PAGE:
Friday, January 19, 2007

The Battle of Mill Springs, and Other Interesting Tidbits

On January 19th, 1862, the Confederacy suffered its first significant loss of the Civil War.

In 1861, Confederate Brigadier General Felix Zollicoffer – a former Tennessee Congressman who had initially been opposed to secession, but whose loyalties to his home state had led him to volunteer for military service – had been given the responsibility of guarding the Cumberland Gap, which sits in the Appalachians at the junction of Kentucky, Tennessee, and Virginia.

Around November of that same year, he decided to move ahead into neutral Kentucky, to the area around Somerset, in south-central Kentucky. Finding a good defensive position at Mill Springs, he fortified his army there on the banks of the Cumberland River, intending to use it as his winter quarters.

The Union didn’t take too kindly to this movement, so Union Brigadier General George Thomas was given orders to drive the Confederates back across the Cumberland River.

By this time, command of Zollicoffer’s army had been taken over by Major General George Crittenden, of Russellville, Kentucky, who had arrived at Mill Springs sometime earlier. Knowing Thomas’s Union troops were in the area, Crittenden decided to attack first, figuring it was the last thing Thomas expected. What Crittenden did not know was that Thomas’s troops had been reinforced with another Union army under the command of Brigadier General Albin Schoepf.

The two armies met near Nancy, Kentucky in Pulaski County, on the morning of Sunday, January 19th. The initial Confederate attack repulsed the Union army, but a swift counterattack by the Union troops cut deep into the Confederate line. Fighting became disorganized toward the end of the day, and General Zollicoffer, attempting to reorganize his troops, approached a Union regiment under the command of Danville, Kentucky native Colonel Speed Fry. Thinking Fry’s troops were his own soldiers, Zollicoffer ordered them to cease firing. At that moment, Zollicoffer’s aid, seeing the mistake, came riding toward the general, and fired a warning shot toward Fry’s troops. At being fired upon, Fry, along with several of his soldiers, fired shots at Zollicoffer. Zollicoffer toppled from his horse, dead from several gunshot wounds.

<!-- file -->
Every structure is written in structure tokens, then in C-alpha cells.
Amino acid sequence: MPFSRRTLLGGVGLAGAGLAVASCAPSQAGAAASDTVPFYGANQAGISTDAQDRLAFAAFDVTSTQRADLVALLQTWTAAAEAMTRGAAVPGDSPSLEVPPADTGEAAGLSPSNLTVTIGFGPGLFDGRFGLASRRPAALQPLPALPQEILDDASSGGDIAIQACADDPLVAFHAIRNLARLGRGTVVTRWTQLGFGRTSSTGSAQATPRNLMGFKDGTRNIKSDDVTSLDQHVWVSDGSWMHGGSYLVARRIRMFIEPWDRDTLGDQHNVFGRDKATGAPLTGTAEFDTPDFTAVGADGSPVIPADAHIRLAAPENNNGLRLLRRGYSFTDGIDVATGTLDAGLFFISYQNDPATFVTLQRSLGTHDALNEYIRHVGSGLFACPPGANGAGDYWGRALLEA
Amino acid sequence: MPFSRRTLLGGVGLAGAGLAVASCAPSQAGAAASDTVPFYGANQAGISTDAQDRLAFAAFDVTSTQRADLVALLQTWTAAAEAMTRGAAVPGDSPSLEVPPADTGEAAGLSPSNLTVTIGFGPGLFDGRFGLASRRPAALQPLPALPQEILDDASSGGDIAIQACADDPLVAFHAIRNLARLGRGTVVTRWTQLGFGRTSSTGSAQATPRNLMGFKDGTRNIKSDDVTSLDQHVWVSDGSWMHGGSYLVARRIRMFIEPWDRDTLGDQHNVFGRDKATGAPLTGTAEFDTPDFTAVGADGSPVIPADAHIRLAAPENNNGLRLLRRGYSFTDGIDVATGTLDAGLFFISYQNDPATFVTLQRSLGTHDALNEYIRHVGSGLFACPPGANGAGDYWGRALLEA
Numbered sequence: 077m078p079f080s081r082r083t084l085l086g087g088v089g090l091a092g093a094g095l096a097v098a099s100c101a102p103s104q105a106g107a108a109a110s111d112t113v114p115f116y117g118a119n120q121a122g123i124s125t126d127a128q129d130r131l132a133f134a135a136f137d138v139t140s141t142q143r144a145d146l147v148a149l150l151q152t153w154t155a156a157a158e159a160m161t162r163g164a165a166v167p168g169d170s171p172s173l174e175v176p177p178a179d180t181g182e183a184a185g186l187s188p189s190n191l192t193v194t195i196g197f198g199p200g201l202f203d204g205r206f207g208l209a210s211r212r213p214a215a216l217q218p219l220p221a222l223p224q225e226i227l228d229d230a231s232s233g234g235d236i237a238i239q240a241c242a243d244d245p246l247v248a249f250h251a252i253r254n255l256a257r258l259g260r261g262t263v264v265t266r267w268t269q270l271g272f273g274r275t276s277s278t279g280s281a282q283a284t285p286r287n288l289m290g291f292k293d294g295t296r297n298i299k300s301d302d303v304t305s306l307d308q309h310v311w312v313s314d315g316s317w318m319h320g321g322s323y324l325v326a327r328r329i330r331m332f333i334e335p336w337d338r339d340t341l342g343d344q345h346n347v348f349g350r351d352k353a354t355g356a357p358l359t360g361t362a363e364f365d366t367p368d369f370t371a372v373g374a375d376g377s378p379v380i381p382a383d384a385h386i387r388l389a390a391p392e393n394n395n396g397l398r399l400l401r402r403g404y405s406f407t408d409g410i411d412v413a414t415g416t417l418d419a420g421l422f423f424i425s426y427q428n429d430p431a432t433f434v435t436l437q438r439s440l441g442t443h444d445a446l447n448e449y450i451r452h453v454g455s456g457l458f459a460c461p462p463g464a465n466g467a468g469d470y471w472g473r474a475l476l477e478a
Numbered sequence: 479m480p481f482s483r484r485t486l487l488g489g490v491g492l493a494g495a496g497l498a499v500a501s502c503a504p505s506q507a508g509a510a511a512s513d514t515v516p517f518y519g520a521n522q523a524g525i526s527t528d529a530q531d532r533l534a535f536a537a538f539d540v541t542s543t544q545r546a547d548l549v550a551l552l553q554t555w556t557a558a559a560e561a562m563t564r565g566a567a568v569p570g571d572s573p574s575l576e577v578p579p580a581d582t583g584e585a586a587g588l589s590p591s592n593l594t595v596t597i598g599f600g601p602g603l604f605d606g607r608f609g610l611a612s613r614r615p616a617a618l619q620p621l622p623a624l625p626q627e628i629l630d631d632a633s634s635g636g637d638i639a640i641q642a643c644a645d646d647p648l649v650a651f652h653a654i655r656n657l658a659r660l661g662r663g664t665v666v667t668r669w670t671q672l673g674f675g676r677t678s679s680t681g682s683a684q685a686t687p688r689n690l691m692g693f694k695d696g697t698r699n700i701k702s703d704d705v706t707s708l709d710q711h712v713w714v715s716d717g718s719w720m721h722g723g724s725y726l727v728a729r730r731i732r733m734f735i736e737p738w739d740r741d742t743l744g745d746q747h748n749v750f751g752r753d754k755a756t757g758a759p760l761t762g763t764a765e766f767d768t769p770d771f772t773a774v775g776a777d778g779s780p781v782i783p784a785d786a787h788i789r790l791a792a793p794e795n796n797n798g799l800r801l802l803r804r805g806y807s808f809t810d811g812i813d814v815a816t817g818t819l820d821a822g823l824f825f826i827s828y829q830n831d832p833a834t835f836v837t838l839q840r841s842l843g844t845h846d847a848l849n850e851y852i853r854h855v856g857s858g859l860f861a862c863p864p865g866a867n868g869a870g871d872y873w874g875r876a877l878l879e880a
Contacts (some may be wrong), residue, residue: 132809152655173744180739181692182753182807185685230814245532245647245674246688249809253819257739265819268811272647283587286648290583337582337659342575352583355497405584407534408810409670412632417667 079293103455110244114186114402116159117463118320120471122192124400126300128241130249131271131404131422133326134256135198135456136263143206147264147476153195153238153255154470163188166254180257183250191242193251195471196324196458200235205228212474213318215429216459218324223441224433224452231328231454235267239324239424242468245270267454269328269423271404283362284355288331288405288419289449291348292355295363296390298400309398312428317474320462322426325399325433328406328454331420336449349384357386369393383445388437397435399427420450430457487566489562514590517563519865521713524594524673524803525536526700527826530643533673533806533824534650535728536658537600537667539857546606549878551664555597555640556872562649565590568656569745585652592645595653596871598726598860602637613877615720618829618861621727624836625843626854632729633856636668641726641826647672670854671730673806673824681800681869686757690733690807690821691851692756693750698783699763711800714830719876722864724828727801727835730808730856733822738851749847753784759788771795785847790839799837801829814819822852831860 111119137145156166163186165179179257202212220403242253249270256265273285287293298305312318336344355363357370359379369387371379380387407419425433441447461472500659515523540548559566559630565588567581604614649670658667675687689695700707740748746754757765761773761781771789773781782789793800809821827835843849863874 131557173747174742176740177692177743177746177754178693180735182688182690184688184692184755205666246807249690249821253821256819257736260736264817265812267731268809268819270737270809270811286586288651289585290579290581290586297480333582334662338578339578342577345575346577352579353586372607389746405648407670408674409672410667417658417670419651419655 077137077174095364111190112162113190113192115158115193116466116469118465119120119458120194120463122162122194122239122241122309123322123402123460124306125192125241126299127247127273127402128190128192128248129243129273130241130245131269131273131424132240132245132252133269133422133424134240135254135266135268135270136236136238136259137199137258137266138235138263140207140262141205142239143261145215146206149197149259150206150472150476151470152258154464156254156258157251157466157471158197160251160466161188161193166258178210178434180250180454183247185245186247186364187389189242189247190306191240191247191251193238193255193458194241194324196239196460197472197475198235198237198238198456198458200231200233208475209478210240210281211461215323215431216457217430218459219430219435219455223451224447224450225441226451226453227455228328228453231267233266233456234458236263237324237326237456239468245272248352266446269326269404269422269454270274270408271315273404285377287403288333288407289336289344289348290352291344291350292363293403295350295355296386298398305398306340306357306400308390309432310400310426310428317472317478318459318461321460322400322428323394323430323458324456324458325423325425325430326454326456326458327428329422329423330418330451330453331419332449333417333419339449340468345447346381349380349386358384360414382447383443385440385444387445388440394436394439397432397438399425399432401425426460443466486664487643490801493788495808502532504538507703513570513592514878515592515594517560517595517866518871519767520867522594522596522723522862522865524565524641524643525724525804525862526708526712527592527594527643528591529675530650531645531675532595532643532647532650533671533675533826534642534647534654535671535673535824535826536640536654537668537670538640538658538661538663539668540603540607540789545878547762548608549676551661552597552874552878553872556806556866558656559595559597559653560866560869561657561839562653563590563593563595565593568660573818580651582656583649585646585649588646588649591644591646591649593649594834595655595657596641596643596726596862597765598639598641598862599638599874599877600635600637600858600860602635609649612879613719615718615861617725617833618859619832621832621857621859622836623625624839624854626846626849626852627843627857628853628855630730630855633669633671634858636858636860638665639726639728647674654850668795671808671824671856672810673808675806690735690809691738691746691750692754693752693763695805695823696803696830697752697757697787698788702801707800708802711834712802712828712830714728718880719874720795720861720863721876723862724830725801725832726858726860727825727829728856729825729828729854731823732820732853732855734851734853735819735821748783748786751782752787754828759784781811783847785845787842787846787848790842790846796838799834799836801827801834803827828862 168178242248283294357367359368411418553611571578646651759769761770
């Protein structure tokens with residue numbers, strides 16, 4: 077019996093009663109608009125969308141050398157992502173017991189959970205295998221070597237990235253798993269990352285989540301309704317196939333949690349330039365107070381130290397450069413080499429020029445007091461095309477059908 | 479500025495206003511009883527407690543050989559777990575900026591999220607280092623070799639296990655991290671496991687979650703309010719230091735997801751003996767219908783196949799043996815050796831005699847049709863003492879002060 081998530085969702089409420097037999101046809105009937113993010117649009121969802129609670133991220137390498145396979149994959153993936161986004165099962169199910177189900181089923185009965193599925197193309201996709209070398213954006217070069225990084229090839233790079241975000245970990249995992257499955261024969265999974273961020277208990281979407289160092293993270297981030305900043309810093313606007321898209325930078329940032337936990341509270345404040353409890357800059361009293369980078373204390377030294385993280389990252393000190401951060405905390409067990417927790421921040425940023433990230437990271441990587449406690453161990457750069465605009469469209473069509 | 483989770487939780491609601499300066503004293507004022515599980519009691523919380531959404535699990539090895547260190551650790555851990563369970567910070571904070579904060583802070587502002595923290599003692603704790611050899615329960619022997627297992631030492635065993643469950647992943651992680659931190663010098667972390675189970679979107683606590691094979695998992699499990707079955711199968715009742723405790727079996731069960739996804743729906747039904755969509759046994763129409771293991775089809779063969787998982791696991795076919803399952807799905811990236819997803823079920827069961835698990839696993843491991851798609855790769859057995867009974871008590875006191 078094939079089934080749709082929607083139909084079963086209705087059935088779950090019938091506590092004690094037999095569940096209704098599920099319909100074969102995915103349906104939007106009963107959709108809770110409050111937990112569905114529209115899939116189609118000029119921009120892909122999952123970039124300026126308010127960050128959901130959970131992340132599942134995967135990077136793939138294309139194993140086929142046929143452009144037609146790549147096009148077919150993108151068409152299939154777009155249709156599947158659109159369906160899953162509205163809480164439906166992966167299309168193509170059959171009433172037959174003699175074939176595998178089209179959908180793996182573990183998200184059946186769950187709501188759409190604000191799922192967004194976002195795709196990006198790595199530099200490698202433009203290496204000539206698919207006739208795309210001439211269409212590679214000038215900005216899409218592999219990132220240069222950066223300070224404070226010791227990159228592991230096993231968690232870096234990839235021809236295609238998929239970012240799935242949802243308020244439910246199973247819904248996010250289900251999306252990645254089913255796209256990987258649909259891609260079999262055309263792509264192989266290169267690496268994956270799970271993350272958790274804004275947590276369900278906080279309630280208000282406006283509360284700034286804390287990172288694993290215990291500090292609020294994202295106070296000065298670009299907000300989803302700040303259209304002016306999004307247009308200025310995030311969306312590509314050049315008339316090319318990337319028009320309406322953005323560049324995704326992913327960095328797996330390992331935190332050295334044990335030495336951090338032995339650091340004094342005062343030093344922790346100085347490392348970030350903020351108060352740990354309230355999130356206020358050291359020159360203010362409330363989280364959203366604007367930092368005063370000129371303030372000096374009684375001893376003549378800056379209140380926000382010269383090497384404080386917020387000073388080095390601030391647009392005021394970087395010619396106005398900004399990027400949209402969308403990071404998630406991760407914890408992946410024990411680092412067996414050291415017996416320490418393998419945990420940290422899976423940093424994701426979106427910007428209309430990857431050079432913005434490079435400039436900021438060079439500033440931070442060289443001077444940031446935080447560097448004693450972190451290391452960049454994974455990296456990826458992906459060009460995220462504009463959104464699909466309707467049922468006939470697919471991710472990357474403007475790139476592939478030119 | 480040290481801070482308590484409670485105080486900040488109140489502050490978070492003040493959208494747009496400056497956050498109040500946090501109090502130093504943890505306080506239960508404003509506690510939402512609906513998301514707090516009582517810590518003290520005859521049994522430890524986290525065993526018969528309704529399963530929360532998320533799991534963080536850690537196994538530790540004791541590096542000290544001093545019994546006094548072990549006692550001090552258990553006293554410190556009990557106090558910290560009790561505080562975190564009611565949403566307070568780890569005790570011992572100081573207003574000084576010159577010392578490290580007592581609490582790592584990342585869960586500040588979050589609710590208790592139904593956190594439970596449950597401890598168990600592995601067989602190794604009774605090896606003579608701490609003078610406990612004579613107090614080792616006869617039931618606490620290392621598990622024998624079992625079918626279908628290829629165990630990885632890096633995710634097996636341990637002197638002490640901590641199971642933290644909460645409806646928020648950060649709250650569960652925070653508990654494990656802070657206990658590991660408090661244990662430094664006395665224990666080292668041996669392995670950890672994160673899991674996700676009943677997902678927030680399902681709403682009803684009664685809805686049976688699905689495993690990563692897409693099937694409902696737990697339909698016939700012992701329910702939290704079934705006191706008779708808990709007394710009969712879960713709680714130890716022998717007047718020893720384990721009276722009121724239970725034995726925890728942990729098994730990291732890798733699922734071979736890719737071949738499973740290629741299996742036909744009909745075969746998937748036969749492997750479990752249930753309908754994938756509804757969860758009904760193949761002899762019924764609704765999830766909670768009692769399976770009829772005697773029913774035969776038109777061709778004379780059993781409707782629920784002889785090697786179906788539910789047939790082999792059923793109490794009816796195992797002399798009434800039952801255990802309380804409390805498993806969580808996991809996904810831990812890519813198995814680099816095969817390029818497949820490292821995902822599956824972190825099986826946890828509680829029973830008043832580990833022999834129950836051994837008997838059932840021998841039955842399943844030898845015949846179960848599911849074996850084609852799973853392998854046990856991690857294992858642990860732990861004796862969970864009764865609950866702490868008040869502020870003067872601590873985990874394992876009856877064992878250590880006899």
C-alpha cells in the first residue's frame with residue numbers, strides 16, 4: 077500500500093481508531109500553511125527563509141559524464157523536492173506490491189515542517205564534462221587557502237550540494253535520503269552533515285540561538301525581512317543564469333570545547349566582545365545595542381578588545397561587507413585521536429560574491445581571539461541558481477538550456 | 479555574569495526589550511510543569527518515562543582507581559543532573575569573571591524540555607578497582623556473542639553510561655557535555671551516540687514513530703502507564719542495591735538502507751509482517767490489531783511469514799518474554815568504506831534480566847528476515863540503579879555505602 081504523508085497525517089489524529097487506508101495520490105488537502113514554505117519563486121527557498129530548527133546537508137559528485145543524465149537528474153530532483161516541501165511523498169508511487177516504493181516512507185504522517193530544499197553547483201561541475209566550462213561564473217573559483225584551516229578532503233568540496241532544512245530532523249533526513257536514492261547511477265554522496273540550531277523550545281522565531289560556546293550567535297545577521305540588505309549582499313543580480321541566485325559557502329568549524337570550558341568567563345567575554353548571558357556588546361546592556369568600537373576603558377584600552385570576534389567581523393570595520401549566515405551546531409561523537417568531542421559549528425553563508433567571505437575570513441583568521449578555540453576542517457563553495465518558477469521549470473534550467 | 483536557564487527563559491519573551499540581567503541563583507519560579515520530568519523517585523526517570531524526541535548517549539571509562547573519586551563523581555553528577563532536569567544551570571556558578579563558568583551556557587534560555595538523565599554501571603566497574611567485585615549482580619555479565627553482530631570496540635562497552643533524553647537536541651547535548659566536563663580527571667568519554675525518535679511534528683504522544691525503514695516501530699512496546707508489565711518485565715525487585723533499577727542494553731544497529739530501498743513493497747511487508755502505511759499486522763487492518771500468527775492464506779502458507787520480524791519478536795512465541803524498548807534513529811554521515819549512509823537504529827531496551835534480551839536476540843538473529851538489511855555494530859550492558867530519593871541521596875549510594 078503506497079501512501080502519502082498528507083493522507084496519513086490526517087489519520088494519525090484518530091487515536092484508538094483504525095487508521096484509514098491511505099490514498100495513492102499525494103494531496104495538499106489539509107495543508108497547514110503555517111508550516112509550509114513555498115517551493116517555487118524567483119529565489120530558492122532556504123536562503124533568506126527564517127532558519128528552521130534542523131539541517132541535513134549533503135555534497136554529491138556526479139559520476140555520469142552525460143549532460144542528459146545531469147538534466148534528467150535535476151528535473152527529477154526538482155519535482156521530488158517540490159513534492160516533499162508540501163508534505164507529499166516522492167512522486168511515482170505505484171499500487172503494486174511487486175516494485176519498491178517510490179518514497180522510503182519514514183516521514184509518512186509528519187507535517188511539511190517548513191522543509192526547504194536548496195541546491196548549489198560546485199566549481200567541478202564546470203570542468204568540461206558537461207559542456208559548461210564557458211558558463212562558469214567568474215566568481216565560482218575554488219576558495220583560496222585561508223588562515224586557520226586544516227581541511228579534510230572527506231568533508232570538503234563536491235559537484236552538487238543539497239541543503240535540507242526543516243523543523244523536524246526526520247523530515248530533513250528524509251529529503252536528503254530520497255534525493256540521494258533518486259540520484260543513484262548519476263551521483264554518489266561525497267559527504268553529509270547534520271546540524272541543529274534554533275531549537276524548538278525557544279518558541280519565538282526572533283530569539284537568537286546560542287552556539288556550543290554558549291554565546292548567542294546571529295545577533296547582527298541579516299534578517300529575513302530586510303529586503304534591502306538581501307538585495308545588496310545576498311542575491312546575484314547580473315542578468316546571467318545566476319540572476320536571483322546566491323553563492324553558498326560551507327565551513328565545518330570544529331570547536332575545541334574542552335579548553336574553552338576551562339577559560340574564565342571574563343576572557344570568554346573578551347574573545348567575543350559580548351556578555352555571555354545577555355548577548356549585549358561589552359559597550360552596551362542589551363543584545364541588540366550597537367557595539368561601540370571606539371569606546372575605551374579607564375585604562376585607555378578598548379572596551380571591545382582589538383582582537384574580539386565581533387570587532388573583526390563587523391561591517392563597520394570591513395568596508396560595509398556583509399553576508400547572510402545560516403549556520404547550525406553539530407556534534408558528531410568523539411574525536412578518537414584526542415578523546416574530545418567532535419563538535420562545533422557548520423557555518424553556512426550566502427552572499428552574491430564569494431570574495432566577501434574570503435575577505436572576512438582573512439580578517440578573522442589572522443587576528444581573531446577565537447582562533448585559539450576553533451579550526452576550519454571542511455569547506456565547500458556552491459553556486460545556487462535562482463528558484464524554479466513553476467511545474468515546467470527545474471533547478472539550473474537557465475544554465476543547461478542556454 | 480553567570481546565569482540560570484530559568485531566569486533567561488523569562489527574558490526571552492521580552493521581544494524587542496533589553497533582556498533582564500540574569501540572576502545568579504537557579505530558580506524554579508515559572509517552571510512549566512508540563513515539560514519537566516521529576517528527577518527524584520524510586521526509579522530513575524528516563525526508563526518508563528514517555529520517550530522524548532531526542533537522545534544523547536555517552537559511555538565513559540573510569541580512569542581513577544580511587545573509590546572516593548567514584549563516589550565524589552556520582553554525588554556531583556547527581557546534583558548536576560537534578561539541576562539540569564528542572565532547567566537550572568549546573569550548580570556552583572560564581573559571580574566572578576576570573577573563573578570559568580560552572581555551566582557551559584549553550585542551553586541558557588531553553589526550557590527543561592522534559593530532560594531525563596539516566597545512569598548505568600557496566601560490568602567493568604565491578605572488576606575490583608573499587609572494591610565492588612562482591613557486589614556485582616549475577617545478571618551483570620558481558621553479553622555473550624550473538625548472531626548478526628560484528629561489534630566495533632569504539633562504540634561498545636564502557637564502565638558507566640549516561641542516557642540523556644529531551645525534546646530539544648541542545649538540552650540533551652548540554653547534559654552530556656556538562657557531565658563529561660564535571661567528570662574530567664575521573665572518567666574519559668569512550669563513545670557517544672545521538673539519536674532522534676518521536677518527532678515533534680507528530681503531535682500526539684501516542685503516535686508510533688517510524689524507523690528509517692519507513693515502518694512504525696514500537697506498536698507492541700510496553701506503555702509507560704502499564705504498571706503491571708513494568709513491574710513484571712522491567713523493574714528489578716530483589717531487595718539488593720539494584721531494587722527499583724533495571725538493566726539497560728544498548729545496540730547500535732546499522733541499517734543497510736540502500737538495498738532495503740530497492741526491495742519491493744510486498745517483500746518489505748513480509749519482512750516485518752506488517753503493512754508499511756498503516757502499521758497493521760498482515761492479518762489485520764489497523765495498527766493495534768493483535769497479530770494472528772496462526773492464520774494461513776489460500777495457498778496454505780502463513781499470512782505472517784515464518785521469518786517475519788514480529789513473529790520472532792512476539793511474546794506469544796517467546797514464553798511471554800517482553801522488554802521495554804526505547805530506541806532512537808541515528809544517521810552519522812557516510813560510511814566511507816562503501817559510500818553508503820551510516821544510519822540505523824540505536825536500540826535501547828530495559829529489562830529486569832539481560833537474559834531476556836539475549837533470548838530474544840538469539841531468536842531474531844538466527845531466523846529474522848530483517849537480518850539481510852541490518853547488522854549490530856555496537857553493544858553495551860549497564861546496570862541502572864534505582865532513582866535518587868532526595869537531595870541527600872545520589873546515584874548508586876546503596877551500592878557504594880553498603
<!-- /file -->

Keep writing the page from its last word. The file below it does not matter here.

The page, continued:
The Confederate army was forced to retreat all the way back to Murfreesboro, Tennessee, and the Battle of Mill Springs proved to be the first major Confederate loss of the war, and inversely, the first major Union victory. Along with the Battle of Middle Creek (a minor skirmish a week earlier in Floyd County, Kentucky), The Battle of Mill Springs helped stop the Confederate advance into Kentucky.

General Zollicoffer was the first general killed in the Western Theater of the Civil War, and outrage followed his death. Although Colonel Fry himself never claimed to have fired the fatal shot, many southerners accused him of murder – evidence of the “gentleman’s war” idea that was still such a strong concept in the 19th century.